Being self-employed brings with it so many benefits – the ability to manage your own work schedule, meet new people and learn new skills. But is self-employment right for YOU?
Before you hand in your notice and make the jump into self-employment, I’ve put together 5 important questions to ask yourself.
Answer them honestly and you’ll know you are fully prepared to quit your job and move into the world of self-employment.
1. Where is your first client going to come from?
Being in a regular job means you receive a salary at the end of each month.
However, when you move to self-employment it’s:
- Down to you to find your own clients;
- Deliver the agreed work;
- Then wait to get paid.
Have you found your first client or what is your plan to find your first client once you quit your job? Once you have found your first client, is the money sufficient for your living costs and what is your plan to find more work?
2. How much money do you need to live?
Work out how much money you need to live each month (mortgage, bills, food etc).
Start by listing out all your costs on a simple spreadsheet, maybe add a little contingency in case there are some unexpected costs.
Bills such as rent, car payments or telephone bills will need to be paid each month on a fixed day, so make sure you have sufficient cash reserves to cover these until you receive your first client payment or regular payments.
Self-employment means your earnings may be lumpy or seasonal, especially in the early days which means potential stress worrying how you will meet your basic bills.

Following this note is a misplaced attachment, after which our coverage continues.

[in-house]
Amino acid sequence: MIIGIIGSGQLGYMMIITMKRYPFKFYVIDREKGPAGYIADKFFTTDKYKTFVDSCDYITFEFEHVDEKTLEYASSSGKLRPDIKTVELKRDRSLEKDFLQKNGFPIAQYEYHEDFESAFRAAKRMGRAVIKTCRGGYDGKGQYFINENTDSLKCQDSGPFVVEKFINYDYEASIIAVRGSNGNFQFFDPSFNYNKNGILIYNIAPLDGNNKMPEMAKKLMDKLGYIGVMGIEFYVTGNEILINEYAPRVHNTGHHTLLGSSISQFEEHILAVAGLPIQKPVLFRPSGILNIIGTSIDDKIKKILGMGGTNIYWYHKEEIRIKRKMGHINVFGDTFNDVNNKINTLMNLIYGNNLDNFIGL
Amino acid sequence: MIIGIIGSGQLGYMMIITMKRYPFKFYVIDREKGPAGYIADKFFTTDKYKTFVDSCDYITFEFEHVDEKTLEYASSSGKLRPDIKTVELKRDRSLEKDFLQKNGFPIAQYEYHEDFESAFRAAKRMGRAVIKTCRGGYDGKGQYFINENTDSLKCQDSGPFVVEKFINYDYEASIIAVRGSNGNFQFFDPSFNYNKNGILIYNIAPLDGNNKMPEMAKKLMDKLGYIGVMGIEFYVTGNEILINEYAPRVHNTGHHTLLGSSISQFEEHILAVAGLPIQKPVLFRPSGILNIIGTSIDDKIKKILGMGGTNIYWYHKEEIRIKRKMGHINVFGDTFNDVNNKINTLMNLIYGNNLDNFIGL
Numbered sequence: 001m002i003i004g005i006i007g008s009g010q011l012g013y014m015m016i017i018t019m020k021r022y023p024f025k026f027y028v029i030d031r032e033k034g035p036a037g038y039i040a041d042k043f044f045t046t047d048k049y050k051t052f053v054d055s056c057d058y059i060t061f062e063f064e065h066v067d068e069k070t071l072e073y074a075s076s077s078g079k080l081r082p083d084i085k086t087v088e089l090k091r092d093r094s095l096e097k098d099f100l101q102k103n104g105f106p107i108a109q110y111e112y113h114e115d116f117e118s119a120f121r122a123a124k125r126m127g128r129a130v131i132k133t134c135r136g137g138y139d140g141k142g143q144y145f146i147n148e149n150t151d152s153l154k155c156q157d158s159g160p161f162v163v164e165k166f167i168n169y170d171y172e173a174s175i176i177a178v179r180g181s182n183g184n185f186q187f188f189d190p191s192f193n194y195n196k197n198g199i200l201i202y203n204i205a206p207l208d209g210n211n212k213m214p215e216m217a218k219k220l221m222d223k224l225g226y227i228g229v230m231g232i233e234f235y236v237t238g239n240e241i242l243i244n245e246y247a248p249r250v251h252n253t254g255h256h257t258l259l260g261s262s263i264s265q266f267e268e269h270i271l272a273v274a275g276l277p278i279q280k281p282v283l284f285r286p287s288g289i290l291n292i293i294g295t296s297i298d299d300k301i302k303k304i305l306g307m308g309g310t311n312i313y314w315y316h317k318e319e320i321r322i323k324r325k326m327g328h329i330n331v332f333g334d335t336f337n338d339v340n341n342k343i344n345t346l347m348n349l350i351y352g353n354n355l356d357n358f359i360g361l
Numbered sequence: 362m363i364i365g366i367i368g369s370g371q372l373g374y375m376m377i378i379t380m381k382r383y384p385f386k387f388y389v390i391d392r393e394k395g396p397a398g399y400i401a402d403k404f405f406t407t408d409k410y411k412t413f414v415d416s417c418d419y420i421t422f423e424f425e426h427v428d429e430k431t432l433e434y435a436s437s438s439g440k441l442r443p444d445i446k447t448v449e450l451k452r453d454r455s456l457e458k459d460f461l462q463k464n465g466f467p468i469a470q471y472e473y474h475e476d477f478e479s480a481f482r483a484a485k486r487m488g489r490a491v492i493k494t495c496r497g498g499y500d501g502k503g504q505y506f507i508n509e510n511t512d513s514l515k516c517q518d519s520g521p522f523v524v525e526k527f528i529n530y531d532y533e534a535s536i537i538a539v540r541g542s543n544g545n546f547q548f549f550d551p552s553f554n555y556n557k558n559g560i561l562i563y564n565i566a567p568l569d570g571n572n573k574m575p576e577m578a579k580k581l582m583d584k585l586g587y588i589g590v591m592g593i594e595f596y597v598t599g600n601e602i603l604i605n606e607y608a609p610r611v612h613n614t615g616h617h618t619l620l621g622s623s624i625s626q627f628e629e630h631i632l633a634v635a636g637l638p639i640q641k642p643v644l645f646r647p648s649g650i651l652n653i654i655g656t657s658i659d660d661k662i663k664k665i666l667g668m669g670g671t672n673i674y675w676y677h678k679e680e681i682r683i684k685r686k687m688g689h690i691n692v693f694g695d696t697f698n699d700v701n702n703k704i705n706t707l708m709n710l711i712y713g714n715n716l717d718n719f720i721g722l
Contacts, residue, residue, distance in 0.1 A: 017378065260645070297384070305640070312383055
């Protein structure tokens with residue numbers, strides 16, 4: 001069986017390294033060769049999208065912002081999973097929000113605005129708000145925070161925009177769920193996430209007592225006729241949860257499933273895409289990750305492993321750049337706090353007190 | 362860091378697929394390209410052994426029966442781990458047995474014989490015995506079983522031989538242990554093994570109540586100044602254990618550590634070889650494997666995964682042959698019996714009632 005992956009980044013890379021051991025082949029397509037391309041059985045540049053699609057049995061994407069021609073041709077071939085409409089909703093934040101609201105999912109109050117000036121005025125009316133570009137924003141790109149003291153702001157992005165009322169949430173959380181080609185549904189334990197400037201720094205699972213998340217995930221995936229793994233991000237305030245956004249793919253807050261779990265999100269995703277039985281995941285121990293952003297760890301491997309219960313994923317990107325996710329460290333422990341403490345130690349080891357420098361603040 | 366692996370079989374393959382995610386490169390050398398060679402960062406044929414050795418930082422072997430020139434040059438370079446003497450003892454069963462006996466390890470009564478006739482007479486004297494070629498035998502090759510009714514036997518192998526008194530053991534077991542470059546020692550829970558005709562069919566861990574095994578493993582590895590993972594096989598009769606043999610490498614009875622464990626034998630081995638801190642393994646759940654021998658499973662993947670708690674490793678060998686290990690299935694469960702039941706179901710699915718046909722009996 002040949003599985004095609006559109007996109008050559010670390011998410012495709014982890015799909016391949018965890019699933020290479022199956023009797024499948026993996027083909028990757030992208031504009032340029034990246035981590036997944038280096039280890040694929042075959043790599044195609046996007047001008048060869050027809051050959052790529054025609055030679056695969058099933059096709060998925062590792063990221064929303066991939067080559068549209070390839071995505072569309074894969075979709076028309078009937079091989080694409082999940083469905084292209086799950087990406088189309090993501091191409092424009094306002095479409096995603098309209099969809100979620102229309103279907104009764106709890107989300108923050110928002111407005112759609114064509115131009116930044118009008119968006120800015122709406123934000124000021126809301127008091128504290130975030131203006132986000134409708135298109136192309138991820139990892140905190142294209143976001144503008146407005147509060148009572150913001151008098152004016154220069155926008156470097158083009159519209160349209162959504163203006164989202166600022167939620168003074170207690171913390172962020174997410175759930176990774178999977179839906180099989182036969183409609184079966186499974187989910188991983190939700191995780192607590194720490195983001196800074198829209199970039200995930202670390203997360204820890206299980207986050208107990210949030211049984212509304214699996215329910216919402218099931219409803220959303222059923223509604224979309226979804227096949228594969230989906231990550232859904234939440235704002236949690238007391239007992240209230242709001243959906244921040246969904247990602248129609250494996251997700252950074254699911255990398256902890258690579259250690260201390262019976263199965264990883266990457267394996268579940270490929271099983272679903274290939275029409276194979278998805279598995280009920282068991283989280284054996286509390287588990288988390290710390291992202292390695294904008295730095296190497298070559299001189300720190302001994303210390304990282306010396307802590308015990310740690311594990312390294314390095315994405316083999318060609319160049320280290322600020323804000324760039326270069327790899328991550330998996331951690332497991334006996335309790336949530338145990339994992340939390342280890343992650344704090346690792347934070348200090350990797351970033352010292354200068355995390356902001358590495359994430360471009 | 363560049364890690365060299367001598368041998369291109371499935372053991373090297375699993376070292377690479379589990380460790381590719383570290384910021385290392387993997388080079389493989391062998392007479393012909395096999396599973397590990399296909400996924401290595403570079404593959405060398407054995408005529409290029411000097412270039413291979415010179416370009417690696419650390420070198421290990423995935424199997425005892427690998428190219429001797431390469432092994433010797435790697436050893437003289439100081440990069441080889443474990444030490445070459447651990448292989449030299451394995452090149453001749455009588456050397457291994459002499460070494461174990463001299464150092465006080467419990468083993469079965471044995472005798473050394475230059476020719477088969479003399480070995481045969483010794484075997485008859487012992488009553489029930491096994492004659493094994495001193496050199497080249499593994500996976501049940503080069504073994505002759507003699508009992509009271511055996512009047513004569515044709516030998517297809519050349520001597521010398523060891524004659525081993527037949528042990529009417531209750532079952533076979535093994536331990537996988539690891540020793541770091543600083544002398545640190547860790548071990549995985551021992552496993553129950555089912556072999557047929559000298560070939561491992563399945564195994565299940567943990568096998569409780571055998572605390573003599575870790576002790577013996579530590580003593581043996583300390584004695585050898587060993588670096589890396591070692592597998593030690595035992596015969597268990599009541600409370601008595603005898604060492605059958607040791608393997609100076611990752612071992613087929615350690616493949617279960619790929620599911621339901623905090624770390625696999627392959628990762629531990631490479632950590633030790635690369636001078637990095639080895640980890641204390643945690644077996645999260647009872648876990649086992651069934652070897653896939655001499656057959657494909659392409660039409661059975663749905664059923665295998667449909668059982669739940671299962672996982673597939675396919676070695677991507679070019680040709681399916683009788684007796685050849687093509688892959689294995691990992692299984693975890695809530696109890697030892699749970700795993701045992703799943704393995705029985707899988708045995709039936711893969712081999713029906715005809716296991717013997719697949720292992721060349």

3. What training, equipment and insurance do you need?
Make sure you are properly set up with everything you need to deliver your new work such as a computer or insurance, things which your employer will previously have had covered.
Your clients will expect you to hit the ground running, so make sure you are fully set up with everything you need to avoid disappointment!
Client recommendations and repeat business are two of the best ways to win new business, so always provide the best service you can.
Being self-employed means you are 100% responsible for your work, you won’t have a team with a wide range of skills behind you so make sure you have undertaken all the training you need to offer the best service possible.
4. Have you let HMRC know about your change in circumstances?
HMRC need to know that the way you earn your money has changed and so has the way you need to pay your taxes.
Rather than having your tax and national insurance deducted from your payslip each month, you will need to notify HMRC of your annual earnings by submitting a personal tax return and pay any tax due in January and July of each year.
Consider how you will manage your taxes and keep accounting records, an accountant would be able to guide you through this process but make sure you budget for their costs.
5. Have you considered your pension and childcare arrangements?
You might be receiving pension contributions from your current employer. Once you leave employment you need to consider how you will reach a stage where you can save money into a personal pension and who you use as a pension provider.
If you’re planning to take a break from contributing to your pension while you get your business up and running, how will this impact your retirement plan?
When you are self-employed, your working hours can be erratic especially in the early stages of your business.
Have you considered how this will impact your childcare or whether you need to spend more money on childcare while you are working extra hours to get up and running?